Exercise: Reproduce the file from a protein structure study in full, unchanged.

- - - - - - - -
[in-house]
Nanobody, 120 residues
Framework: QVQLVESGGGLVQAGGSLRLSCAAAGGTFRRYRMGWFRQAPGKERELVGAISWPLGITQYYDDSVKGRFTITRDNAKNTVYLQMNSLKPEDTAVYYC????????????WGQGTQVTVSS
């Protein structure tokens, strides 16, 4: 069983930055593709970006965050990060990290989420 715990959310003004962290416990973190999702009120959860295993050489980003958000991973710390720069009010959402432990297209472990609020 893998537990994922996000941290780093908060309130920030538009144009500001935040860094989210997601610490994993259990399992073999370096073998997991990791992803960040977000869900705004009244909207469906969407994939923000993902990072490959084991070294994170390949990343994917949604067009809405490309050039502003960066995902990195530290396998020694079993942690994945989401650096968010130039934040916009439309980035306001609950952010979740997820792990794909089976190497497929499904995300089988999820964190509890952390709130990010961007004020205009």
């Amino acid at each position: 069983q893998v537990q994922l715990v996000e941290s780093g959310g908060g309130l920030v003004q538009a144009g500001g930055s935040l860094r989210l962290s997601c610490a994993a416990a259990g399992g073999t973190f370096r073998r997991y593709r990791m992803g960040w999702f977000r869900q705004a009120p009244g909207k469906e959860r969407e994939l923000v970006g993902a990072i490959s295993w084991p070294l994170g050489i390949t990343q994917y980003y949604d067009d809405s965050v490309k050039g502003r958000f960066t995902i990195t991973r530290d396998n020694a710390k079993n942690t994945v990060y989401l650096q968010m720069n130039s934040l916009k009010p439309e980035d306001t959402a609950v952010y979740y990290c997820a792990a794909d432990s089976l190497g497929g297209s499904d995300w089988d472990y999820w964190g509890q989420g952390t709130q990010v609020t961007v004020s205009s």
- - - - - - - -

[in-house]
Nanobody, 120 residues
Framework: QVQLVESGGGLVQAGGSLRLSCAAAGGTFRRYRMGWFRQAPGKERELVGAISWPLGITQYYDDSVKGRFTITRDNAKNTVYLQMNSLKPEDTAVYYC????????????WGQGTQVTVSS
């Protein structure tokens, strides 16, 4: 069983930055593709970006965050990060990290989420 715990959310003004962290416990973190999702009120959860295993050489980003958000991973710390720069009010959402432990297209472990609020 893998537990994922996000941290780093908060309130920030538009144009500001935040860094989210997601610490994993259990399992073999370096073998997991990791992803960040977000869900705004009244909207469906969407994939923000993902990072490959084991070294994170390949990343994917949604067009809405490309050039502003960066995902990195530290396998020694079993942690994945989401650096968010130039934040916009439309980035306001609950952010979740997820792990794909089976190497497929499904995300089988999820964190509890952390709130990010961007004020205009």
């Amino acid at each position: 069983q893998v537990q994922l715990v996000e941290s780093g959310g908060g309130l920030v003004q538009a144009g500001g930055s935040l860094r989210l962290s997601c610490a994993a416990a259990g399992g073999t973190f370096r073998r997991y593709r990791m992803g960040w999702f977000r869900q705004a009120p009244g909207k469906e959860r969407e994939l923000v970006g993902a990072i490959s295993w084991p070294l994170g050489i390949t990343q994917y980003y949604d067009d809405s965050v490309k050039g502003r958000f960066t995902i990195t991973r530290d396998n020694a710390k079993n942690t994945v990060y989401l650096q968010m720069n130039s934040l916009k009010p439309e980035d306001t959402a609950v952010y979740y990290c997820a792990a794909d432990s089976l190497g497929g297209s499904d995300w089988d472990y999820w964190g509890q989420g952390t709130q990010v609020t961007v004020s205009s």